Why 'more Europe' won't solve EU quandary
Pascal-Emmanuel Gobry, a Paris-based writer and fellow at the Ethics and Public Policy Center, says that to certain people, the solution to every problem in Europe is "more Europe".
(Bloomberg View) To a certain cast of people, the solution to every problem in Europe is "more Europe" -- even, or especially, those problems that have been caused by Europe.
The economic crisis that began a decade ago has exposed many flaws in the European economic model. The solution? Some are calling for a eurozone budget and a eurozone finance minister.
France’s new president, Emmanuel Macron, is dedicated to the idea. Berlin has signaled conditional support. And Brussels is always happy to accrue more power.
The idea makes superficial sense: monetary union, most people now accept, doesn’t really work without fiscal union. The European Central Bank is constantly under pressure to loosen monetary policy to help the weakest euro members, and to keep it tight to help the strongest. But currency is a blunt instrument. The "more Europe" thinking is that if the EU had a large budget, it could redistribute wealth to more directly help struggling members. (This is what happens in the US). A powerful finance minister would oversee member countries to keep deficits and debts down and prevent debt crises.
Except that that doesn’t make much sense: as the Financial Times’s Martin Sandbu points out, the US federal budget, hovering at around 20% of GDP, isn’t enough to act as much of a macro-economic stabiliser, and nobody contemplates an EU budget of even that scale in the foreseeable future.
Regardless, the so-called debt crises in the eurozone were not ultimately caused by deficits and debts as such, but by monetary phenomena. The euro made Mediterranean countries uncompetitive, leading to slow growth and debt and deficits, and the interest on those debts spiked only when the implicit eurozone-wide guarantee on those debts was called into question by Germany. Those countries’ debt spiked as Berlin compounded monetary austerity with enforced budgetary austerity, hammering growth and widening deficits further.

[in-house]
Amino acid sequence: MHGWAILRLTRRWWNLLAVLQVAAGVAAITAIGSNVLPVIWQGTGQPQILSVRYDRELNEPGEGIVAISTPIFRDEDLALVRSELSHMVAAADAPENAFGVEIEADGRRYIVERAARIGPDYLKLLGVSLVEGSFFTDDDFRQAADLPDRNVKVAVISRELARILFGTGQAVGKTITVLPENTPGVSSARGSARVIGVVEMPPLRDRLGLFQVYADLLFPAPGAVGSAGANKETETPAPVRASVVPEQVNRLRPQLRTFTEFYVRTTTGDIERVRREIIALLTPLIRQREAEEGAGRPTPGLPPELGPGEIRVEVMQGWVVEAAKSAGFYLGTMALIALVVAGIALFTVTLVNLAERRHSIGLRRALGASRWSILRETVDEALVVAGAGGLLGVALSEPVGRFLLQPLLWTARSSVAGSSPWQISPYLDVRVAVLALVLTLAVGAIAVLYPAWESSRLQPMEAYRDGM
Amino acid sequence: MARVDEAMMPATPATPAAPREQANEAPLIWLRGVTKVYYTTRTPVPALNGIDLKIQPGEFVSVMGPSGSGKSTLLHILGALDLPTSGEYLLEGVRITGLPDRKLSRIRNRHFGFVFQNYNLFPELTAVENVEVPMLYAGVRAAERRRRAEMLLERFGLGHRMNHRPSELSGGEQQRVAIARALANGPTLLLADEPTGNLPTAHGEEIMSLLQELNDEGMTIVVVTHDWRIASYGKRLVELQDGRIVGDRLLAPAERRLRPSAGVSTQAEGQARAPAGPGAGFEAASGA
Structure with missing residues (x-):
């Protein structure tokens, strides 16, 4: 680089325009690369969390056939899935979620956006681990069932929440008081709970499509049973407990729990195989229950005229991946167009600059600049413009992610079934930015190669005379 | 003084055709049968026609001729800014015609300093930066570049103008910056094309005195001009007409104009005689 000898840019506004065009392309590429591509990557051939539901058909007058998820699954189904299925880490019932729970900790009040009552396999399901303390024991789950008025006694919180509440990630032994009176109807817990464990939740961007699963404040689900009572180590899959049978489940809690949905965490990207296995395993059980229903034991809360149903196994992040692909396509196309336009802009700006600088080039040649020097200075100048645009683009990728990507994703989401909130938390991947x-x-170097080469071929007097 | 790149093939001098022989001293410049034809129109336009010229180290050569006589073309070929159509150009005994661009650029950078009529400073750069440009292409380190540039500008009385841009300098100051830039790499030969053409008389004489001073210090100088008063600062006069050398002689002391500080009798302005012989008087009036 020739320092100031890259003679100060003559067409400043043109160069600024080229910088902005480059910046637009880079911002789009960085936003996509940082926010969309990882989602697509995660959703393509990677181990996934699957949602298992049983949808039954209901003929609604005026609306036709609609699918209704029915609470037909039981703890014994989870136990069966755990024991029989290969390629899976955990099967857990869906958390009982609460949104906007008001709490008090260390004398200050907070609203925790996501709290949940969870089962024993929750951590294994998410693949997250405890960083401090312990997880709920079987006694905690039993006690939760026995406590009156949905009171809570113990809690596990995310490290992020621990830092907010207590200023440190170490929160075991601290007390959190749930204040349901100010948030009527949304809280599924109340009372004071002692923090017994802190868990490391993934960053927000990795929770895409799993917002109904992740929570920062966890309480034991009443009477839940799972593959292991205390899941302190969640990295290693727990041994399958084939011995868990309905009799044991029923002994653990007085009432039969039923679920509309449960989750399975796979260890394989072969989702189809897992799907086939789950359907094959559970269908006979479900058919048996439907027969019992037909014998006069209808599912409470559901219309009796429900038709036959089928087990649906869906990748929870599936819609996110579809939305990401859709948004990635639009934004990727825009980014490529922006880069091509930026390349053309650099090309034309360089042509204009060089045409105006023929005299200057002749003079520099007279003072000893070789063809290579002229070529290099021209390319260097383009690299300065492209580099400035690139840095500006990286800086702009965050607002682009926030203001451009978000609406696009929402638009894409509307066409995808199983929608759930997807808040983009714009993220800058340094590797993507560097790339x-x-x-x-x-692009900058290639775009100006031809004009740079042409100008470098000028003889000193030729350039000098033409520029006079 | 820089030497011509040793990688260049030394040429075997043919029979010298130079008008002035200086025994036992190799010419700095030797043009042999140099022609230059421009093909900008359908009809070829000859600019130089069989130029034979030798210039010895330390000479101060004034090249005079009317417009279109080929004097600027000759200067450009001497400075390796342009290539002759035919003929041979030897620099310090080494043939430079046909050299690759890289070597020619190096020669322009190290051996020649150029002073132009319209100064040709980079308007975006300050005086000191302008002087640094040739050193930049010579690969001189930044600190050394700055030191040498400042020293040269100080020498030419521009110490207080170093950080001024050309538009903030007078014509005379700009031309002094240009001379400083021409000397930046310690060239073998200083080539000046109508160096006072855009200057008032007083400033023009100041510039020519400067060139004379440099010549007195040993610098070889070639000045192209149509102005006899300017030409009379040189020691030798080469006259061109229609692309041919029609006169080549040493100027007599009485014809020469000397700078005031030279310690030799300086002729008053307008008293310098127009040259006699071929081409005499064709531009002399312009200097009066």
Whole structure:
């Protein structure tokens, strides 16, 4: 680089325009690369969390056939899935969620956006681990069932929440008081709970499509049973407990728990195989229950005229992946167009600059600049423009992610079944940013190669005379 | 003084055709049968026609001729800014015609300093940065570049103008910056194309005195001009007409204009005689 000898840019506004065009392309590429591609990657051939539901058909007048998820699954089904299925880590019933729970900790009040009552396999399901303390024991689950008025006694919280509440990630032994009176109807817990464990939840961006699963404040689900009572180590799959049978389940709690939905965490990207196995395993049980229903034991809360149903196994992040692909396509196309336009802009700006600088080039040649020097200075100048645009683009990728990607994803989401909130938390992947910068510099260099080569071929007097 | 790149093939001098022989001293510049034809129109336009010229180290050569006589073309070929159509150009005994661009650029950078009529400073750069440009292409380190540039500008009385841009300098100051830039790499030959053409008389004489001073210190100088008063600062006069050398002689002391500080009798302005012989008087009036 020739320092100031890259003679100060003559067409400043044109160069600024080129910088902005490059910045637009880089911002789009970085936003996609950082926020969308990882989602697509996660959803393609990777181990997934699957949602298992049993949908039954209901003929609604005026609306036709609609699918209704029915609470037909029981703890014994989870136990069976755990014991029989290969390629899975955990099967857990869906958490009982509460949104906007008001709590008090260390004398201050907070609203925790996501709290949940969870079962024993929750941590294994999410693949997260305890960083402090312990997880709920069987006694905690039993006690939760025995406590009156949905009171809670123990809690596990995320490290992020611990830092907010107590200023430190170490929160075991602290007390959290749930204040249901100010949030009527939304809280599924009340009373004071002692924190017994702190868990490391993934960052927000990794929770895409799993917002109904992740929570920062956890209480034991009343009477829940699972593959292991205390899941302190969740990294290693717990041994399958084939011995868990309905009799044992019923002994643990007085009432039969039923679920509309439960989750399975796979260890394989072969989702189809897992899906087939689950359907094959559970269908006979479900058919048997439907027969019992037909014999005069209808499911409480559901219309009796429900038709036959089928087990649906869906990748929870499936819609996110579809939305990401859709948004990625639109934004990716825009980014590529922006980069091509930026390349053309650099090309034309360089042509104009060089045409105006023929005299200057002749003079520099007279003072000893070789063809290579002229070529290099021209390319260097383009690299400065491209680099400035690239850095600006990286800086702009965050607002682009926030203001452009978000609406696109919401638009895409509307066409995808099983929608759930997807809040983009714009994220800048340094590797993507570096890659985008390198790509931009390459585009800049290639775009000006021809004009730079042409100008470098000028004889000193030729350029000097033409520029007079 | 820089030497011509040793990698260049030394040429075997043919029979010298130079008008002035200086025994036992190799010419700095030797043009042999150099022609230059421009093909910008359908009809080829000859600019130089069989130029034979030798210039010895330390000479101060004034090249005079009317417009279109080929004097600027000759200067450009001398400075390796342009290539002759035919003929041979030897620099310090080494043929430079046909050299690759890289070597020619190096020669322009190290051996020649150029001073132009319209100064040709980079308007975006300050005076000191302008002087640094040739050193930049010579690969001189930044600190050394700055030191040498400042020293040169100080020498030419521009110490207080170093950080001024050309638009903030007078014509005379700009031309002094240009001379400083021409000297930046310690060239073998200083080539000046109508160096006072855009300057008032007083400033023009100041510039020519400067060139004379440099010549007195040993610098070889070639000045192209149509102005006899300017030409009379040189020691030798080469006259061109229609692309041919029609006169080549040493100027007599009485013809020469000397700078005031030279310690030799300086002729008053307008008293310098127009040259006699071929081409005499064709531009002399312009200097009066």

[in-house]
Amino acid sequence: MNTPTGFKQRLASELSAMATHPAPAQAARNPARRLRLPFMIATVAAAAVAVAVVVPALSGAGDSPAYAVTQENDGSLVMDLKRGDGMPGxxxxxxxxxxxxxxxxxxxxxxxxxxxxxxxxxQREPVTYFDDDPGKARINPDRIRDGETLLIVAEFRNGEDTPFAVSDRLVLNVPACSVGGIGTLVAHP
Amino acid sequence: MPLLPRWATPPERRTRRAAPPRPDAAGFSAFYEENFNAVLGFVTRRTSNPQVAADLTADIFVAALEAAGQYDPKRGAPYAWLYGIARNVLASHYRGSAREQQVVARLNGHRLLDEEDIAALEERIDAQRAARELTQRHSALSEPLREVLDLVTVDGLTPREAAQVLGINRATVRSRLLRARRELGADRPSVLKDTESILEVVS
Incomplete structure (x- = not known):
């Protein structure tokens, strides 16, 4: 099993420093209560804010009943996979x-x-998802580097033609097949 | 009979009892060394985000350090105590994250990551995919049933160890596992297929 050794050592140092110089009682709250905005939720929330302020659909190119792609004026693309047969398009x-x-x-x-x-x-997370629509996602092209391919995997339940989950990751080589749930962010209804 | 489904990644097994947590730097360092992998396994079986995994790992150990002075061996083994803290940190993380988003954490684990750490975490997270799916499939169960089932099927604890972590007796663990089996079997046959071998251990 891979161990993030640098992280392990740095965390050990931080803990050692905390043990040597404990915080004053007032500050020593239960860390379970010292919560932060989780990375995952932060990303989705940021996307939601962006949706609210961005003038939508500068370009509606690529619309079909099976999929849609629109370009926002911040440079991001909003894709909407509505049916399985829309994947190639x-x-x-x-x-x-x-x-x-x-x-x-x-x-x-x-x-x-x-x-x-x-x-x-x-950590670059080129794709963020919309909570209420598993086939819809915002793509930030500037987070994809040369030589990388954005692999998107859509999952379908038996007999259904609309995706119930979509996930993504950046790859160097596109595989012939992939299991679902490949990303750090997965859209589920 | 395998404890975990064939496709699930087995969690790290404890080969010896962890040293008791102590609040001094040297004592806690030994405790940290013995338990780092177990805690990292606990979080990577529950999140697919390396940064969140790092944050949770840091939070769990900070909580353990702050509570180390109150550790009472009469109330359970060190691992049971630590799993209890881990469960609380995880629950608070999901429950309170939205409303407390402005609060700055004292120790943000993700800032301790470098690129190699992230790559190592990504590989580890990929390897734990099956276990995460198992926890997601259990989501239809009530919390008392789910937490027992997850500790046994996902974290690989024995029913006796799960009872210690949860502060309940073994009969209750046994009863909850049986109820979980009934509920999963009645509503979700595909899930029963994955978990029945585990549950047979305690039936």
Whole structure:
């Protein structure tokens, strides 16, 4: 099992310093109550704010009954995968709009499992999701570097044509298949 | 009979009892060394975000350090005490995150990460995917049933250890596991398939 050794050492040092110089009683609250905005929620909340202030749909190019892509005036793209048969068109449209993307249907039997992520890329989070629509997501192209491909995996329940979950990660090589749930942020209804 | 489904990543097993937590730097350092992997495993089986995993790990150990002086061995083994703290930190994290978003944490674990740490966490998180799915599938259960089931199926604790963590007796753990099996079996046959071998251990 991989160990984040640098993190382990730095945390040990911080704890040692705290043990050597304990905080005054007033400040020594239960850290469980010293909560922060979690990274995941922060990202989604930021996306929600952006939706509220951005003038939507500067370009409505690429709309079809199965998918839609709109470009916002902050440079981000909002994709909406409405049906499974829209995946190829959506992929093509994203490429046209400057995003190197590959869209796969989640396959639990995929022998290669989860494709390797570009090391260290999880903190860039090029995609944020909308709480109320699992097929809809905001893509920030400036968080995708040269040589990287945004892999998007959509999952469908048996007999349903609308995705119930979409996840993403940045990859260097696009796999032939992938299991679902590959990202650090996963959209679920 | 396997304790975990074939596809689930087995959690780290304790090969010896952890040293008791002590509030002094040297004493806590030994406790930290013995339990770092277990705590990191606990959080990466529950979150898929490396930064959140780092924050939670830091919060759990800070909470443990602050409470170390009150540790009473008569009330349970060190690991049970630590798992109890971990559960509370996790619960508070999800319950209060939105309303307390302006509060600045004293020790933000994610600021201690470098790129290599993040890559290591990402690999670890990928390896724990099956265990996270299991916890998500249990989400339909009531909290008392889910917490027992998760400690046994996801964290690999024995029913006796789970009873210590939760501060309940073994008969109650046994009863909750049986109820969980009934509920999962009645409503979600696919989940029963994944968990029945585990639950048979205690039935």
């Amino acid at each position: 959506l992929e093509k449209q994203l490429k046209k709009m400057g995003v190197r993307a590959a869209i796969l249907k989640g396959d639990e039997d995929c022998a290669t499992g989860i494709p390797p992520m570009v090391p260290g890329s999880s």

But still, just as some keep arguing that Stalin’s and Mao’s famines were not caused by communism, but rather by not enough communism, Macron clearly believes with all his heart that Europe’s problems are caused by not enough Europe.
Hence his economically short-sighted drive to meet the arbitrary European 3% deficit target in order to earn "credibility" within the eurozone, as if France’s centrality were in question.
Hence also his call for an EU budget and EU finance minister. The EU budget would aim to stabilise the European macro economy through redistribution. The idea of euro bonds, which would be backed by all eurozone countries -- meaning in practice Germany -- to bail out more indebted countries, is anathema to Berlin and has been preemptively ruled out.
Macron wants the new rules to provide for fiscal harmonisation, meaning that eurozone countries would have to have roughly similar taxation levels, which would help French competitiveness within the eurozone but is sure to be make low-tax countries such as Ireland scream, so such proposals would have to be watered down.
What of Germany, which is essential to any EU reform effort? Germany historically, and Angela Merkel especially, has always been keen on more European integration -- but also doesn’t want to pay for it. German Finance Minister Wolfgang Schaeuble has favored the idea of an EU budget -- with a little-noticed but all-important asterisk. EU countries’ access to a European macroeconomic stabilisation fund would be conditioned on "the bailout fund having more say over national debt and budgets," he told the German Bild newspaper.
In other words, Germany would be happy to pay a little something toward a macro-economic stabilisation fund in exchange for having practical control over the budgets of all the eurozone countries. The commitment to pay into the fund is probably not daunting, because the budgetary orthodoxy rules Germany would come up with would be unattainable, and the money would probably never be spent.
In other words, Macron and the "more Europe" camp are willing to hand Germany control over the eurozone’s finances, in exchange for … well, perhaps nothing.
It’s an offer that Merkel can’t refuse.